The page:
Searching over 5,500,000 cases.


searching
Buy This Entire Record For $7.95

Official citation and/or docket number and footnotes (if any) for this case available with purchase.

Learn more about what you receive with purchase of this case.

Rentech Inc. v. SGI, Inc.

Supreme Court, New York County

June 28, 2013

RENTECH, INC, Plaintiff,
v.
SGI, INC., f/k/a SOLENA GROUP, INC.; SOLENA FUELS CORPORATION; SOLENA FUELS, LLC; and SOLENA FUELS, INC.; each Defendant d/b/a SOLENA GROUP and each other, Defendants. Index No.157359/2012

Unpublished Opinion

DECISION AND ORDER

ANIL C.SINGH, J.

Defendants Solena Fuels Corporation; SFI Investors, LLC, named in the Verified Complaint as Solena Fuels, LLC, and Solena Fuels, Inc. move for an Order to Dismiss Plaintiffs Verified Complaint pursuant to CPLR §§ 301 and 302 and CPLR § 3211(a)(7).

Plaintiff opposes and cross-moves for leave to amend the caption of the summons and complaint, amending the name of Defendant Solena Fuels, LLC, to "SFI Investors LLC, f/k/a Solena Fuels, LLC."

This action was commenced in New York based on a forum selection clause in a Contract signed by the non-moving defendant, SGI, Inc.

Plaintiff alleges that while moving Defendants are non-signatories to the forum selection clause, they are bound by the forum selection clause as alter egos of SGI, or as closely related, or successors in interest, or based on de facto merger.

Defendants move to dismiss on the ground that facts have not been alleged to establish that SGI and the moving defendants are closely related so as to permit exercise of jurisdiction over the moving Defendants. Nor does the complaint state a cause of action against the moving defendants on the grounds that they are the alter ego of SGI.

The complaint alleges that Plaintiff and SGI entered into an agreement on March 8, 2010, pursuant to which Plaintiff provided technical services for which SKI agreed to pay $80, 000. Based on a change order, an additional $20, 000 is due. The $100, 000 was to be paid by July 1, 2011. Instead of making the payment, Defendant formed Solana Fuels Corp. in April 2012, to benefit from the services and products delivered by Plaintiff to Defendants without payment.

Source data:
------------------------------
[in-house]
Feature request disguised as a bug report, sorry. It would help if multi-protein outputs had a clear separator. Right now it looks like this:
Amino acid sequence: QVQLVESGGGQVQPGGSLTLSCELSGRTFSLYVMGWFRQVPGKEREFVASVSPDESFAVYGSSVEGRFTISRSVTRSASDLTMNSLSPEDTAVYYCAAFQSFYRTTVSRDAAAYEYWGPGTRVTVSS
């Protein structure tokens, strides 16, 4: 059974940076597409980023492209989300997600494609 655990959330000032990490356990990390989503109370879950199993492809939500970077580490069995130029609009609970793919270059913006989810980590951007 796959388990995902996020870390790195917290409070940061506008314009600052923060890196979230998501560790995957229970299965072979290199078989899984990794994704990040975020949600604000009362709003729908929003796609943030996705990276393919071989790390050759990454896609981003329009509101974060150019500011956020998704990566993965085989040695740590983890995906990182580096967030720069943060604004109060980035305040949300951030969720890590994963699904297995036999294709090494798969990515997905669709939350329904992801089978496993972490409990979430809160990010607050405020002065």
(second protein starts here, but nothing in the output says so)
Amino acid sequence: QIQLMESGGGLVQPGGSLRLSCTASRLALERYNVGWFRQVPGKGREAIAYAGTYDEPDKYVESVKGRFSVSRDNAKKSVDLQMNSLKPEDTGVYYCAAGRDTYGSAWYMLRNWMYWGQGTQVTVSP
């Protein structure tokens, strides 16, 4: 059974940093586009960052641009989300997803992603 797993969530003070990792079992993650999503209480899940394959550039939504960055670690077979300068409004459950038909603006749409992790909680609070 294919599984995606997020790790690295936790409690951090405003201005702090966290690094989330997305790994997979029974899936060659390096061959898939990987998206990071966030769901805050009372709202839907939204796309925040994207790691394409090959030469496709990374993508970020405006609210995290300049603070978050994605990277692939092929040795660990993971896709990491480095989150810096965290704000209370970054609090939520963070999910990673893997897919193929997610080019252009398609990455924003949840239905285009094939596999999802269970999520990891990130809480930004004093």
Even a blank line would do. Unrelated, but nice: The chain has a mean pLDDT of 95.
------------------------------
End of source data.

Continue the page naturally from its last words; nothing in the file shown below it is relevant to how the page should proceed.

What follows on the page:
Plaintiff alleges that the business purpose of each Defendant is identical; that each is simply the continuation of SGI; all defendants operate as alter egos of each other; the ownership and management of each Defendant is identical; the office address and office suite of each Defendant is identical; the telephone numbers of each Defendant are identical; each Defendant operates under the common name "Solena Group"; each defendant is a successor-in-interest to SGI; that each defendant has been de facto merged with SGI; that there is no separate identity of each Defendant; and that websites and press releases reflect that the entities are closely related to SGI.

Plaintiff alleges that all the entities are controlled by Dr. Do, who signed the agreement on behalf of SGI. Further, Plaintiff asserts that the business of SGI and the moving defendants is identical - namely, the production of sustainable jet, diesel and marine fuels from biomass. Plaintiff alleges that, in November 2010, SGI (then known as Solena Group, Inc.) issued a press release announcing the use of plaintiff s proprietary Fischer-Tropsch fuel technology. Subsequently, in September 2012, after the incorporation of Solena Fuels Corporation, Solena Fuels stated in a brochure that it was using the "proven Fischer-Tropsch platform." In short, Plaintiff maintains that SGI is continuing its business under the umbrella of Solena Fuels.